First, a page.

“The Undiscovered Self” by C.G. Jung, explores religion or creed, how religion and the State, in the form of absolutist sources of knowledge, can come to dominate thought and separate us from ourselves.
“The purpose of dialogue and critical inquiry is not, as is commonly thought, to ascertain Truth. The purpose is to instill humility in each of us as we are faced with the reality that none of our stories, none of our judgments, none of our ideological systems, are capable of holding the whole of an individual person, let alone the whole of society, civilization or world. Reflective dialogue moves us away from the absolutist tendency of our psychological need to feel right, towards a concern for the multi-leveled or layered existence of each person.”“The Undiscovered Self” by C.G. Jung
Religion or Creed
While the definition of religion can be debated, Jung is here using it in the sense of what is modernly referred to as “spirituality,” or a sense of the transcendent. Jung is focused on the draw from individualism to collectivism, from individual conscience to State-sanctioned dictates. While the line between the individual and the group is often hazy at best, there is room on that line for how to consider one’s morality and application of ethics.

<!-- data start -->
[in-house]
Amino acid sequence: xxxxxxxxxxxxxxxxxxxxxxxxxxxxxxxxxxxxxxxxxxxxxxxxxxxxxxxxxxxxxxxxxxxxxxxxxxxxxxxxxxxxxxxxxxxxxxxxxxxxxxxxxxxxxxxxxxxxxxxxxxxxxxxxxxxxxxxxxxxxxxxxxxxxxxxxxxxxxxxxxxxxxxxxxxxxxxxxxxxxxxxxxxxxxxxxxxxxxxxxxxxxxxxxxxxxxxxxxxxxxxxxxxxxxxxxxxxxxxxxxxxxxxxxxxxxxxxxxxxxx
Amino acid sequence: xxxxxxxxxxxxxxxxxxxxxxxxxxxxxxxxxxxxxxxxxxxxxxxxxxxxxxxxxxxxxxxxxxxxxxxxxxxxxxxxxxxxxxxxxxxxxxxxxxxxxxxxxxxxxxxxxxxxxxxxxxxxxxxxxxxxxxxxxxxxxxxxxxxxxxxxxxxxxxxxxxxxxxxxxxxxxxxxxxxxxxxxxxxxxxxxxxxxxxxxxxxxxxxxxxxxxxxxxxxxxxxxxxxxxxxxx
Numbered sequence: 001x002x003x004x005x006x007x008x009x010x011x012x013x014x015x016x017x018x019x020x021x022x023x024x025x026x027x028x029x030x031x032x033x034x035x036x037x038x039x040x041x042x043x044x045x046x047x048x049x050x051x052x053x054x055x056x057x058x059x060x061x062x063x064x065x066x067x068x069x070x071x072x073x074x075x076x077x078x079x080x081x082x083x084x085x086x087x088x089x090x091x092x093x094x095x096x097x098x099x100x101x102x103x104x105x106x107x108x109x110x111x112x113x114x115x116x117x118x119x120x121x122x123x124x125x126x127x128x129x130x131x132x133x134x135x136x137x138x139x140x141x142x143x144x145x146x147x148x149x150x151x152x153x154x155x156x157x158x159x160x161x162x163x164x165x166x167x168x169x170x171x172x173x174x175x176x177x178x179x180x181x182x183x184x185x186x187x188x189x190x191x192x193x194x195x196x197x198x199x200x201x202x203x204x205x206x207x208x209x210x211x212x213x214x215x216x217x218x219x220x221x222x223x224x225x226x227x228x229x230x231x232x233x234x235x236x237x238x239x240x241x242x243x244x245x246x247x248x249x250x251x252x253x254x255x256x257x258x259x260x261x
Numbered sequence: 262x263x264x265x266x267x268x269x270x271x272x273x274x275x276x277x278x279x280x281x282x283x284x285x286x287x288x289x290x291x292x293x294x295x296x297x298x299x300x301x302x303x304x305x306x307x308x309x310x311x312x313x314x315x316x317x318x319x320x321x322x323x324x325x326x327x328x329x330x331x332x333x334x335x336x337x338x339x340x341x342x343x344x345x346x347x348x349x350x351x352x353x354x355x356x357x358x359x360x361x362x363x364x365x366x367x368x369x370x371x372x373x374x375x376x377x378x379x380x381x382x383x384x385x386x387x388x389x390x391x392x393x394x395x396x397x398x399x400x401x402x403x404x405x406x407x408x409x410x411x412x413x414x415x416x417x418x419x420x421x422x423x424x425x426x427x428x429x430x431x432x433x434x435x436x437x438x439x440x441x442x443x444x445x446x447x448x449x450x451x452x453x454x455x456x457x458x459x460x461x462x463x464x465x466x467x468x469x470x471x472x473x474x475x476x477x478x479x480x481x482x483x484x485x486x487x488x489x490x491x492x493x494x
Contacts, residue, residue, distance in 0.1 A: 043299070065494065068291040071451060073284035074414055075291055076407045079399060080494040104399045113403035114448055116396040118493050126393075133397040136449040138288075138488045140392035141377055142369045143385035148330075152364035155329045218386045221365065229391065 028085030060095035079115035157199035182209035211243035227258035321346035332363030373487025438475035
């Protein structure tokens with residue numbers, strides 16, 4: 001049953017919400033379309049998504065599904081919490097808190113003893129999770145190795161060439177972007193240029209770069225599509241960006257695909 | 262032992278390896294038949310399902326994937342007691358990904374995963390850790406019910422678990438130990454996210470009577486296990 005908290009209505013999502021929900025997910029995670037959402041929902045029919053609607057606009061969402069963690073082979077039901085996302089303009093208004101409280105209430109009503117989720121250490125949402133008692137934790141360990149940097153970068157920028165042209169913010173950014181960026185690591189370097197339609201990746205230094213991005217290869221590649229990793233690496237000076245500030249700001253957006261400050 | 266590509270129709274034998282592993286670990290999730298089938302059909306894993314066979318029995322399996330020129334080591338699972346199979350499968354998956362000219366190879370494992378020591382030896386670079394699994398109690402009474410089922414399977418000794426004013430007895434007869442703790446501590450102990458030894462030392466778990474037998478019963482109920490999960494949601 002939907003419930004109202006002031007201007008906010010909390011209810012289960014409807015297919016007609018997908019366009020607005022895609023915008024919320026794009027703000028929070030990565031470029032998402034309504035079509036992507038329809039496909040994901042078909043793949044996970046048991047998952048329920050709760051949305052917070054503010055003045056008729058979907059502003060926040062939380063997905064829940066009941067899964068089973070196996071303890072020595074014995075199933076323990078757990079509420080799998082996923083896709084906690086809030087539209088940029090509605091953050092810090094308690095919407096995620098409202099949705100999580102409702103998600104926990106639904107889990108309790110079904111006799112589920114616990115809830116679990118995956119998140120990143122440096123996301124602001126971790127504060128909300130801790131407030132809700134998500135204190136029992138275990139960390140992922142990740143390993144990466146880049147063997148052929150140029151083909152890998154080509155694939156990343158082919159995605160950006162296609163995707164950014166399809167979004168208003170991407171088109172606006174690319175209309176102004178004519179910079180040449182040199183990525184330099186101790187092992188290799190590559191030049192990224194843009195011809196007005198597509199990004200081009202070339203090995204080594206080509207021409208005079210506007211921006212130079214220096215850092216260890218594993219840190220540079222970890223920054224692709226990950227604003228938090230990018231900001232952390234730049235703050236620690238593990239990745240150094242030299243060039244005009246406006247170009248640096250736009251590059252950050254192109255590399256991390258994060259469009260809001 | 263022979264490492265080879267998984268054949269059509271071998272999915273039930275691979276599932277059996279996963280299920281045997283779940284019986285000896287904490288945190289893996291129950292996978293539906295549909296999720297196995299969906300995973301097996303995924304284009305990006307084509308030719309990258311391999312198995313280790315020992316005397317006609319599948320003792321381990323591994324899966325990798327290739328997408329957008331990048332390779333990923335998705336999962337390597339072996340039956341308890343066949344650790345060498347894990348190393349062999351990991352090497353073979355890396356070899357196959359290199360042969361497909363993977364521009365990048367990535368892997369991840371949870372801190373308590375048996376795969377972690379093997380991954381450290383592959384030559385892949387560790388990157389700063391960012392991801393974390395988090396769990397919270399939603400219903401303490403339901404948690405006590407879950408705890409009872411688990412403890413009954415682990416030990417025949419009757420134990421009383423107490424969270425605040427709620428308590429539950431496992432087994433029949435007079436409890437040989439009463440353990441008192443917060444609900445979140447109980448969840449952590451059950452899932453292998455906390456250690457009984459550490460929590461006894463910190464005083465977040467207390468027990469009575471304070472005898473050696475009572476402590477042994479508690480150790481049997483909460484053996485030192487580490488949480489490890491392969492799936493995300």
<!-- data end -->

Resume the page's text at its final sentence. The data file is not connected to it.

Where do you begin on that question? Do you start with yourself and wonder how, if everyone acted the way you did, the broader society would look? Does intent matter and how does it work in connection with the perception of others? When confronted with criticism or condemnation, do you retreat to the authority of a system or the sanctity of the individual?
These questions are not meant to have a clear or final answer. They are questions that we revisit over and over as our lives continue to unfold.